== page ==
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Phases of Sexual Development
 

Sexology/Phases of Sexual Development


Phases of Sexual Development

This issue has been researched both in the course of observation of human infant development [29-32,53,65-66,75-76]* and in animal studies [4,8-9,49-50, and others]. It was discovered that pubescence does not occur at once in one’s ontogenesis (one’s development in the current incarnation), but on the contrary various parts of the reproductive system finish developing at different moments in time that sometimes are separated by several years.

The first primitive signs of the activity of the reproductive system can be observed in human infants and the young of mammals in the form of erection of cavernous tissue of genitals even in the first days after birth. This type of erection occurs in response to non-specific influence, for example, as a result of fright, during weeping, eating, experiencing pain, laughing, etc.

The second phase is known as the stage of “adolescent intersexuality”. In human ontogenesis, this takes place from the ages of 7-9 to 15-17. At this age, the generation of androgens increases (these are the male sex hormones, which are also present in the woman’s organism). Androgens are universal regulators of sexuality (at the endocrine system level) in both sexes (see [3]).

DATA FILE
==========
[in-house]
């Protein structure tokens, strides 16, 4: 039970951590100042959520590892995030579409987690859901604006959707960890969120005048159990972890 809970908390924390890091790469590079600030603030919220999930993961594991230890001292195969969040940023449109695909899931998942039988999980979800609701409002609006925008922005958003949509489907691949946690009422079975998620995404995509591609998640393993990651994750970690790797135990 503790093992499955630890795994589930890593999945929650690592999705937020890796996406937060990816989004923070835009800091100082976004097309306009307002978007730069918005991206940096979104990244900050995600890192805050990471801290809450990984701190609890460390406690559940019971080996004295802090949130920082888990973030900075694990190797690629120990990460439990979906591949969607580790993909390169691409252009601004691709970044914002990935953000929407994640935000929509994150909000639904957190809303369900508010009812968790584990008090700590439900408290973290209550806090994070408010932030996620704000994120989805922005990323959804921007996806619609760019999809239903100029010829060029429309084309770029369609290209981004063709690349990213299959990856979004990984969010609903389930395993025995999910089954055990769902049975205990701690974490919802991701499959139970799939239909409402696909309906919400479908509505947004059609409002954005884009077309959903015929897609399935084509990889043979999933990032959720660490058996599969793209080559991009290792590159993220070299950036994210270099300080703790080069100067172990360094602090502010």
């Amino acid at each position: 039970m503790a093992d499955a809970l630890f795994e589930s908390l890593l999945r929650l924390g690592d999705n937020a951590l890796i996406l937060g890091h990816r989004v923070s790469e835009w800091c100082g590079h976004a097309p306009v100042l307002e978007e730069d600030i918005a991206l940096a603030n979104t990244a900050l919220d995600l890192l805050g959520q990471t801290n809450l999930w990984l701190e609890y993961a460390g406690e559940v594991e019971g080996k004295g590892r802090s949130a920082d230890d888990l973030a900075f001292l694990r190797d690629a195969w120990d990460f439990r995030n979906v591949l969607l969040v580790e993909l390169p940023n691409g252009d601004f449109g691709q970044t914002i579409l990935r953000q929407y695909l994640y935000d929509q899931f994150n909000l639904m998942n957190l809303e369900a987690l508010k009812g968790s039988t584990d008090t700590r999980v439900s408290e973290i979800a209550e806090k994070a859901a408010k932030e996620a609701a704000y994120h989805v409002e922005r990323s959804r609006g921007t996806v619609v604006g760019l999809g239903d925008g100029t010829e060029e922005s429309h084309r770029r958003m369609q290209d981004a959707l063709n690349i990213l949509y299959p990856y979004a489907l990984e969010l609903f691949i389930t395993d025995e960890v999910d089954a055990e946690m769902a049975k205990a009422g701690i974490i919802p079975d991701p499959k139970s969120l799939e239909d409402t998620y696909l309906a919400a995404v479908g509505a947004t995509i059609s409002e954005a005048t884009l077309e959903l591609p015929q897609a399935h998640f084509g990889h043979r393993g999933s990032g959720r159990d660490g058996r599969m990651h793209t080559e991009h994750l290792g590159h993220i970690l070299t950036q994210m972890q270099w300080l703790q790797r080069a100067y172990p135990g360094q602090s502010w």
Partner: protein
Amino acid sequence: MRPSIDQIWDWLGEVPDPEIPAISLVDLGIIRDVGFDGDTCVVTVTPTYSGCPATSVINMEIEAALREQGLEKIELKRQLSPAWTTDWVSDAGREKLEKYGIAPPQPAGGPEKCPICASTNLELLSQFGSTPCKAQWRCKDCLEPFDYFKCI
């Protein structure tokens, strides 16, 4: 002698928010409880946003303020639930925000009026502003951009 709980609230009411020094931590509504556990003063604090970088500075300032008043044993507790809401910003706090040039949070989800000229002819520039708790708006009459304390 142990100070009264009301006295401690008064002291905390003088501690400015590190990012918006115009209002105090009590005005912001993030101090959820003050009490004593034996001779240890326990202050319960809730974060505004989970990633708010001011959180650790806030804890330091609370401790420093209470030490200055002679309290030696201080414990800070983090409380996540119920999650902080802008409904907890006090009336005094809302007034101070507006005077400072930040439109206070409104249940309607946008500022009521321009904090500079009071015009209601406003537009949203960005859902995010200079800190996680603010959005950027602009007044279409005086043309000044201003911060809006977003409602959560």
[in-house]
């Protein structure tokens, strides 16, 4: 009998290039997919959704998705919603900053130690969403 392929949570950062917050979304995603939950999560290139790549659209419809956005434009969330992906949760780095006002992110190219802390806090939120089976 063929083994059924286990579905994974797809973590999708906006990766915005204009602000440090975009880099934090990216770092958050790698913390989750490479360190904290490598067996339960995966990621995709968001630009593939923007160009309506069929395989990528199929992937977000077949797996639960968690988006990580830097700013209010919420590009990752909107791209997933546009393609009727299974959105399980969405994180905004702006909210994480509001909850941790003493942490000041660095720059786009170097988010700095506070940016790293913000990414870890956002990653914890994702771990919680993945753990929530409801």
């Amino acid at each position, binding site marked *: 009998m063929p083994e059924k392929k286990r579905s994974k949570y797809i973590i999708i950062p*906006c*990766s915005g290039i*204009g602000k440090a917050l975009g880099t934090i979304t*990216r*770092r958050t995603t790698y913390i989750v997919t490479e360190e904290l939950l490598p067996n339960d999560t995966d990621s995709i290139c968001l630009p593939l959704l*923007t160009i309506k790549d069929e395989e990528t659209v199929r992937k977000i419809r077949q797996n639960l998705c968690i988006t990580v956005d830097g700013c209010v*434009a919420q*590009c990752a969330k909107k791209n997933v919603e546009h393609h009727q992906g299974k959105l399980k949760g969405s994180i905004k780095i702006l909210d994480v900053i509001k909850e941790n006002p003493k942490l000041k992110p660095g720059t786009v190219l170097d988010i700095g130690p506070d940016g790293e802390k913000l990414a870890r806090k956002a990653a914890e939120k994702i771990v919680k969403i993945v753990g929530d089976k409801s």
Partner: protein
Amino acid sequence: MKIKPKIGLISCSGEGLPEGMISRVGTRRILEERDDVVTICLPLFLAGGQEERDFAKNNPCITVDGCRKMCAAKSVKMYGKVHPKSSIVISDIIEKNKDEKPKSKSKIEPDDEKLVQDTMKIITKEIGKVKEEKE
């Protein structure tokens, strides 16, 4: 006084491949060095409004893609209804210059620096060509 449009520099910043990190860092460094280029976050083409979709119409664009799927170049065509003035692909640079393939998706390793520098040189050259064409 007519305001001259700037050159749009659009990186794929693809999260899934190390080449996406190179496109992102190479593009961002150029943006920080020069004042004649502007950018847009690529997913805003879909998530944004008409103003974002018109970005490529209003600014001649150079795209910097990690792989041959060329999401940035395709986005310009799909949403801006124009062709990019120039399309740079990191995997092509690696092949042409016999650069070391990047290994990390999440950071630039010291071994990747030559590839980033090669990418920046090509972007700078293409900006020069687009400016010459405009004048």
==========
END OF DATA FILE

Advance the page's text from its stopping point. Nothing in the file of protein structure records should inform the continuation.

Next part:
The influence of androgens intensifies sexual manifestations, especially in boys. What is typical of this phase is an absence of a distinct sexual orientation towards representatives of the opposite sex of the same biological species, which can be attributed to immaturity of the corresponding brain structures. A sexual arousal at this stage can be easily induced by inadequate stimuli, including inanimate objects, animals, and representatives of the same sex.

These features are typical not only of humans, but also of all animals that have been studied in this respect; they should not be viewed as some kind of pathology. However, transformation of these reactions into conditioned reflexes — due to an adolescent lacking information about normal sexual relations of adult people — may lead to an inversion of his or her sexual orientation for the rest of life.

It should be noted that it is during the first instances of sexual emotional arousal that the formation of very strong conditioned reflex connections may happen sometimes.